Learning Radiology xray montage

Foreign Body Perforation
Chicken Bone

General Considerations

  • Overall, most ingested foreign bodies occur in children
  • Perforation occurs in less than 1% of ingested foreign bodies
  • Known agents include chicken and fish bones, toothpicks, dentures and cocktail sticks
  • Blunt foreign bodies may also perforate through a slower process of pressure necrosis of the bowel wall
  • Most patients don’t remember ingesting the foreign body
  • At greater risk are:
    • The elderly
    • Those wearing dentures
    • Patients with bowel strictures
    • Alcoholics and psychiatric patients

Clinical Findings

  • Pain
  • Nausea
  • Vomiting
  • Fever

Imaging Findings

  • CT is most useful in finding the foreign body and the reaction to them
  • Most common site of perforation is terminal ileum (83%) and colon
  • Visualization of the foreign body outside of the bowel lumen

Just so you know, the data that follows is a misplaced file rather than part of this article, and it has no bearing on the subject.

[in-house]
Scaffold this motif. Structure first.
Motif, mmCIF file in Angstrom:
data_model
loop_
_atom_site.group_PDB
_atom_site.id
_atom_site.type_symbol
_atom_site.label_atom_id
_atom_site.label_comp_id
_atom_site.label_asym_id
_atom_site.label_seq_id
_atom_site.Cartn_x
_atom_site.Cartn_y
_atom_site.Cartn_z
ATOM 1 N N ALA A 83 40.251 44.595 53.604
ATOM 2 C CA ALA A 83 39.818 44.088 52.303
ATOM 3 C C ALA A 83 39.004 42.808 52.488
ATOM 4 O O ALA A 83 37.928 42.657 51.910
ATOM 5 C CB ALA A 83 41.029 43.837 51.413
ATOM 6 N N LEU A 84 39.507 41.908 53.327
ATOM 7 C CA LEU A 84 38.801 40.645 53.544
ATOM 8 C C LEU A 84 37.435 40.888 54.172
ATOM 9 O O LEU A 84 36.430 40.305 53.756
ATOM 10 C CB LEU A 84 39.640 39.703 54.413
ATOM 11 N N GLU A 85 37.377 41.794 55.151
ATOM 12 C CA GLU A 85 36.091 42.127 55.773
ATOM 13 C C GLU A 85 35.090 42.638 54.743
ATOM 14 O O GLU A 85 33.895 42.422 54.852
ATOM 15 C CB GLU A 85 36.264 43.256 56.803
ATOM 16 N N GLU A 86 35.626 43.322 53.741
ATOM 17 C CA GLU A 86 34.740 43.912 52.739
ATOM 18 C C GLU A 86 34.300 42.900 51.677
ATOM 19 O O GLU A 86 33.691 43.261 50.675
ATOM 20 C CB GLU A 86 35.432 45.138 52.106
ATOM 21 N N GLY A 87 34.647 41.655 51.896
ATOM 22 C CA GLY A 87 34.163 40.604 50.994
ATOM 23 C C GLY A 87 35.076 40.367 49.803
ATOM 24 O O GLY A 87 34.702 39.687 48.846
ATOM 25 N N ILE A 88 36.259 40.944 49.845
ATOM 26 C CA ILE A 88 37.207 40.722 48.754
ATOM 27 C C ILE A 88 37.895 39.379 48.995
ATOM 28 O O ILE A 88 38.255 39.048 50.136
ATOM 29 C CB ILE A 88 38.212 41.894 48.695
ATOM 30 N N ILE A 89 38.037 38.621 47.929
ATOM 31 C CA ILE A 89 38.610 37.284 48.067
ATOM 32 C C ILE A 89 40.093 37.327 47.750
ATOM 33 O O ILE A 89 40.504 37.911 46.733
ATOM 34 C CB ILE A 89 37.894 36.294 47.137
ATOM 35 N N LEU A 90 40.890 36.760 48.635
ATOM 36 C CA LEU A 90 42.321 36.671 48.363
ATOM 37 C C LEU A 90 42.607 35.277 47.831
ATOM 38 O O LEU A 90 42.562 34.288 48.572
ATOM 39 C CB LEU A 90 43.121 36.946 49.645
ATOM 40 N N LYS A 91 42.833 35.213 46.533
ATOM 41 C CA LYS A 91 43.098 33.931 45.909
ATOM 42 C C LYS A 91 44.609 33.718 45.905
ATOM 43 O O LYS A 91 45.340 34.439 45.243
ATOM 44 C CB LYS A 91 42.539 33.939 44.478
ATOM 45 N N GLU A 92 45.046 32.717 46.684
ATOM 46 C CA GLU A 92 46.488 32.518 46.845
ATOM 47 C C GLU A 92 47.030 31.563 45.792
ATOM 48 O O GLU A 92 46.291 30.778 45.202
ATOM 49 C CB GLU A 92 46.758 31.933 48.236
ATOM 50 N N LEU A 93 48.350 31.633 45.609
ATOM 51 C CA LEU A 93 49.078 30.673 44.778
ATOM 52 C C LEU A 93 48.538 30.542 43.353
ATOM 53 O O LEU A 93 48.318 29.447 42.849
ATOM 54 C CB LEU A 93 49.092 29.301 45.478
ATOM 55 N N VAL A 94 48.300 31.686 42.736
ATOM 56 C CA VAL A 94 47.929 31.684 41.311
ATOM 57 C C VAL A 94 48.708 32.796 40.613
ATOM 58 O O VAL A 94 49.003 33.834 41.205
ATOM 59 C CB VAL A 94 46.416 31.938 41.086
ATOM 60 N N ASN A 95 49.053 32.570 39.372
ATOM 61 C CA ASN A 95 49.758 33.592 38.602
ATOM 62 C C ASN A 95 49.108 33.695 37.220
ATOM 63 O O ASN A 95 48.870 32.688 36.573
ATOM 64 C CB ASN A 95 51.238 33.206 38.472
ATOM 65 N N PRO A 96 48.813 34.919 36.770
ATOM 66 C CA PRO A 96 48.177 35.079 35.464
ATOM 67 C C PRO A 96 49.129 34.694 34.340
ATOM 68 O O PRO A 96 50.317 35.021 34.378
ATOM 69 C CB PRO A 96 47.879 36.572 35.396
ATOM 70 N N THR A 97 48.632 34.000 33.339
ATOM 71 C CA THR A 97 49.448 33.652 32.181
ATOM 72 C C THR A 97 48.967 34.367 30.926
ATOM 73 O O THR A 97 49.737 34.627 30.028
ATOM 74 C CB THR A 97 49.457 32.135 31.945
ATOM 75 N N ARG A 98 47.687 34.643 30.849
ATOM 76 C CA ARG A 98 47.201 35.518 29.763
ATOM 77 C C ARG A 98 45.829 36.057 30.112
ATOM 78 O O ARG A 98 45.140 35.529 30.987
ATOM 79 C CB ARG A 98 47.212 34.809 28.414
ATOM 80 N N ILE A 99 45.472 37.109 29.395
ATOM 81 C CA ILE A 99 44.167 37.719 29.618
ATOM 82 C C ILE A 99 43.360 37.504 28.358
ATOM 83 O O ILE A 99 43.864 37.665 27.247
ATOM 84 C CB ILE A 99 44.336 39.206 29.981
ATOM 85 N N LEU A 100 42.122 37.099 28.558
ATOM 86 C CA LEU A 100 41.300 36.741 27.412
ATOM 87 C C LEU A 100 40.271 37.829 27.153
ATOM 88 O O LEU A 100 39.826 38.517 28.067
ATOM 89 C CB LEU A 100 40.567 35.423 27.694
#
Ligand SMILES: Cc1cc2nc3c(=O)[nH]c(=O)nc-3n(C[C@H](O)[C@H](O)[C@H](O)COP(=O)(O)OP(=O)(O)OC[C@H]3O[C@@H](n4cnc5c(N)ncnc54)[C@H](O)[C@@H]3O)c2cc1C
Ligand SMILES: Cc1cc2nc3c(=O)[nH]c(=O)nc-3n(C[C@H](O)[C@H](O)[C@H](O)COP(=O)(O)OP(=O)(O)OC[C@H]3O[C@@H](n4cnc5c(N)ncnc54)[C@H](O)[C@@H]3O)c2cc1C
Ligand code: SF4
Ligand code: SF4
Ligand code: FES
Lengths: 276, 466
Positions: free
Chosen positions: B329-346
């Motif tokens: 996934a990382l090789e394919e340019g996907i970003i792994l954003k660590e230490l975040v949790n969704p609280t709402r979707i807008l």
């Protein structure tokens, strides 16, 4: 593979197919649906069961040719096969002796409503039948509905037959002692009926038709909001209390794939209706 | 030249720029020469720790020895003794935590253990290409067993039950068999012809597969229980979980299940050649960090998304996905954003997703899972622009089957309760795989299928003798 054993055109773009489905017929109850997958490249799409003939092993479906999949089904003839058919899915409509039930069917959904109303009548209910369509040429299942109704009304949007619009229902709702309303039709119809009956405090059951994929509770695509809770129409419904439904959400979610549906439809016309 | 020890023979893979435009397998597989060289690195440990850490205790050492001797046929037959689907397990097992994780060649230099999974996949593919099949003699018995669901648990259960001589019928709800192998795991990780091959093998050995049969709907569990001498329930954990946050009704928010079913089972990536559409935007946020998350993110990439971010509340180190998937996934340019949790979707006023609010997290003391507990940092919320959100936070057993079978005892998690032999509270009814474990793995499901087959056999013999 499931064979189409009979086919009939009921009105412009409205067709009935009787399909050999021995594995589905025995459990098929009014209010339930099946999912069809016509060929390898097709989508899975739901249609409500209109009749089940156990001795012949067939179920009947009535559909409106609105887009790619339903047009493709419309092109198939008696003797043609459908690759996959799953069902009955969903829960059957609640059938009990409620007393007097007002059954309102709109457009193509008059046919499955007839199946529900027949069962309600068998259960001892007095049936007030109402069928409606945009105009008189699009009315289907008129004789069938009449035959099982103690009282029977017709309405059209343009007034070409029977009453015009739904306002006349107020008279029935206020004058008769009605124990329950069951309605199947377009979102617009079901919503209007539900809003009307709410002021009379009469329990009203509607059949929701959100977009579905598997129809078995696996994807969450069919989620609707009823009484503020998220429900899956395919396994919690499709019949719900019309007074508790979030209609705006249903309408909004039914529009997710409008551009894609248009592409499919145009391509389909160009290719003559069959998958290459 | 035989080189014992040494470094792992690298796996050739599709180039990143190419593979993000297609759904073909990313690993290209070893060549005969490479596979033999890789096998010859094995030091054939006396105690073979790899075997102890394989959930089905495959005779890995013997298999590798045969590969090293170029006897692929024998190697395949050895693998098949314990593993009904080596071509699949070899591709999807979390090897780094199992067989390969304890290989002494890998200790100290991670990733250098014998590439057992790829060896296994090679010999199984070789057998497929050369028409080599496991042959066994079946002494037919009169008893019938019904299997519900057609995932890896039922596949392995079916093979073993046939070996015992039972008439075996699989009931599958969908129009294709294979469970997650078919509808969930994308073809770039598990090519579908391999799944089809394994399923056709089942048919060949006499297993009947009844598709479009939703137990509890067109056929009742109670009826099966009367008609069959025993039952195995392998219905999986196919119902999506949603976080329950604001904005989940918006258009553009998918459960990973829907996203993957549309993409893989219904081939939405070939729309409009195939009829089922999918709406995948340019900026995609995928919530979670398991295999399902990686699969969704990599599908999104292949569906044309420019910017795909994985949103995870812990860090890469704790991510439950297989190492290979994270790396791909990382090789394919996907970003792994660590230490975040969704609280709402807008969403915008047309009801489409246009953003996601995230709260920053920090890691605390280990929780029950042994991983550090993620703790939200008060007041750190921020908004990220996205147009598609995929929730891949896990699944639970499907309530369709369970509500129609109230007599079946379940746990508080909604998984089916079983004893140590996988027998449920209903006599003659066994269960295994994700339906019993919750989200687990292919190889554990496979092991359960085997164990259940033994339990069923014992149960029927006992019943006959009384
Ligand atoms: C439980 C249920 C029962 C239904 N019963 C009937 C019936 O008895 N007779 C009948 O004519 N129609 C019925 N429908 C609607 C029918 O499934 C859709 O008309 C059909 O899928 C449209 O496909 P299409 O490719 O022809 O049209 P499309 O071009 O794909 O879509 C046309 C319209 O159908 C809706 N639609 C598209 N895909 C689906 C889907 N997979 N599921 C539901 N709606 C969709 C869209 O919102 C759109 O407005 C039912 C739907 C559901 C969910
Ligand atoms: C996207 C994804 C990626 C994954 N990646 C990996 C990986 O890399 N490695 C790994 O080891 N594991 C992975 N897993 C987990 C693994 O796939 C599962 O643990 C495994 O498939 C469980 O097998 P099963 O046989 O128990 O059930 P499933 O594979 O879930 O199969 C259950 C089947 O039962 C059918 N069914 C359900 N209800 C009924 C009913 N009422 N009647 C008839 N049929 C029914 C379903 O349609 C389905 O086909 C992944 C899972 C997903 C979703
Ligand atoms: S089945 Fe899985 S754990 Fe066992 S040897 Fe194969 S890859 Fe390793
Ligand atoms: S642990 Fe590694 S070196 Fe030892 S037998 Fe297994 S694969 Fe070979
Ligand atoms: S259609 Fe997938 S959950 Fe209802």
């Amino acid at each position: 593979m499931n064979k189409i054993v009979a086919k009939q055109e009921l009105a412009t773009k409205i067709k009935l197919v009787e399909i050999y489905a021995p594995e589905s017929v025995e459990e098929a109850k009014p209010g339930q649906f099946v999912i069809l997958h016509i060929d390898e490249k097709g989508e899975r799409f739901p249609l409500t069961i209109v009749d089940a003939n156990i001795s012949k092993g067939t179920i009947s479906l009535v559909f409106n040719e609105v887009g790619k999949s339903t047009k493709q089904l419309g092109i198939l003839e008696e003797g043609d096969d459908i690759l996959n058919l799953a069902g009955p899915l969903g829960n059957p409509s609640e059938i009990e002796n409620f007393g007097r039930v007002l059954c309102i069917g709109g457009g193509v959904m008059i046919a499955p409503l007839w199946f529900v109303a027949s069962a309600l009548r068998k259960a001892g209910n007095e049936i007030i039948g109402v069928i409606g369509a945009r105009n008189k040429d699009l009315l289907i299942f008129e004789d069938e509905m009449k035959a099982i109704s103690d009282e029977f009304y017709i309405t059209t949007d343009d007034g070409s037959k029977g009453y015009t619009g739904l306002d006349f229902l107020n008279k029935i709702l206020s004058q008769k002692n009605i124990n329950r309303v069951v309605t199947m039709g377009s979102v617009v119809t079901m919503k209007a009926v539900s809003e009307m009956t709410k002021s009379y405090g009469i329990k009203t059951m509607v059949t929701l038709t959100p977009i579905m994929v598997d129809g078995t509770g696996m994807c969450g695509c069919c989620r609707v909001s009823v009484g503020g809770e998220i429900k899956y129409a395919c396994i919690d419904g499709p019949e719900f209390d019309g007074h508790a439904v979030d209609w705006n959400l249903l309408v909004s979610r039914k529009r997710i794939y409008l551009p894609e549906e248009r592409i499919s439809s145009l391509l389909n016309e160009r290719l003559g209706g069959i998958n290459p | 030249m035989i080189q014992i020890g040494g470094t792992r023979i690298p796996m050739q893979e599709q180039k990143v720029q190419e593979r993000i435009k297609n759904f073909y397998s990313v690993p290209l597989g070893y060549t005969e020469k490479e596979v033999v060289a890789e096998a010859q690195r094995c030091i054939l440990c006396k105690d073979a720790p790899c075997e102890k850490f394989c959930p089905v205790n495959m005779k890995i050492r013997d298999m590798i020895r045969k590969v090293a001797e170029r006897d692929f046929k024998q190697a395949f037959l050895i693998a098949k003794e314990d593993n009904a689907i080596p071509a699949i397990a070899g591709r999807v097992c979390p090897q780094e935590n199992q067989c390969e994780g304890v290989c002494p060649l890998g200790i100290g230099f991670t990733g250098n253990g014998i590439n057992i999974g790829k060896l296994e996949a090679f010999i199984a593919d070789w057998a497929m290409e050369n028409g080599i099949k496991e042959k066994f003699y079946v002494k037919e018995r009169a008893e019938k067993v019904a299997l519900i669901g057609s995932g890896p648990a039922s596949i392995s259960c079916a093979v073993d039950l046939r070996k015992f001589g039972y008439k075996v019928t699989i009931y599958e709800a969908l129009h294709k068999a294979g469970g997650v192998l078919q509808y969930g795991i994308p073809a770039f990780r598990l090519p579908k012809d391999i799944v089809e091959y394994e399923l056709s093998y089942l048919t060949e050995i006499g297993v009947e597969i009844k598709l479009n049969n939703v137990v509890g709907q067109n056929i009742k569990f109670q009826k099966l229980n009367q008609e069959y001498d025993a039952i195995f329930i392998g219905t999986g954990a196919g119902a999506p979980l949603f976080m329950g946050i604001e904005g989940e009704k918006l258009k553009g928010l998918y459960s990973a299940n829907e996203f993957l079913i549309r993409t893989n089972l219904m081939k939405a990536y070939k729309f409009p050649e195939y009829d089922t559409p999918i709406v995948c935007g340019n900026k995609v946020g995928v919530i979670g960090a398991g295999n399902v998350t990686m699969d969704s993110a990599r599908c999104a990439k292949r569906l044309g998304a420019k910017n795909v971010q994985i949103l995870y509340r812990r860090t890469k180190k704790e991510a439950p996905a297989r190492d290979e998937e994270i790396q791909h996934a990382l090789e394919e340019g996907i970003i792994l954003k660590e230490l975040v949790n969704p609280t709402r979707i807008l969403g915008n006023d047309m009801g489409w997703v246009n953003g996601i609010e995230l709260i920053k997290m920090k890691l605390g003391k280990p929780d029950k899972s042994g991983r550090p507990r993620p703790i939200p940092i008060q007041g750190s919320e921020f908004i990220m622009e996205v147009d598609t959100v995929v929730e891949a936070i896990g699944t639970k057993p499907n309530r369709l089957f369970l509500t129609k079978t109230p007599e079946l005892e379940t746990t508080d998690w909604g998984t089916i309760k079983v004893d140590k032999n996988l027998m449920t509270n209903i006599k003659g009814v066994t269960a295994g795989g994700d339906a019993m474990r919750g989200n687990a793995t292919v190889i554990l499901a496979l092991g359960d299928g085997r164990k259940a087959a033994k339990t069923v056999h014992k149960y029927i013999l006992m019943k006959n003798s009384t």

• Thickening of the bowel wall
  • Surrounding inflammatory reaction
  • Small amounts of loculated extraluminal air
  • Free air is not common


  • Treatment usually involves surgical resection or repair of the bowel


  • Fistula formation
  • Inflammatory mass

Chicken Bone Perforation of Esophagus. Above: White circle identifies a linear, radioopaque foreign body in the region of the esophagus, oriented perpendicular to the plane of the esophagus, suggesting perforation. There is increased prevertebral soft tissue in this region. Below: An axial CT scan through the neck demonstrates the foreign body (blue circle) extending outside and to the right of the expected location of the esophagus.
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Ulster Med J. 2007 January; 76(1): 37–38.  Bowel perforation caused by swallowed chicken bones – a case series.  S Akhtar, N McElvanna, KR Gardiner, and ST Irwin


Amjad A. Rasheed, Vikram Deshpande, Priscilla J. Slanetz. Colonic Perforation by Ingested Chicken Bone. AJR:176, January 2001;176:152 0361–803X/01/1761–15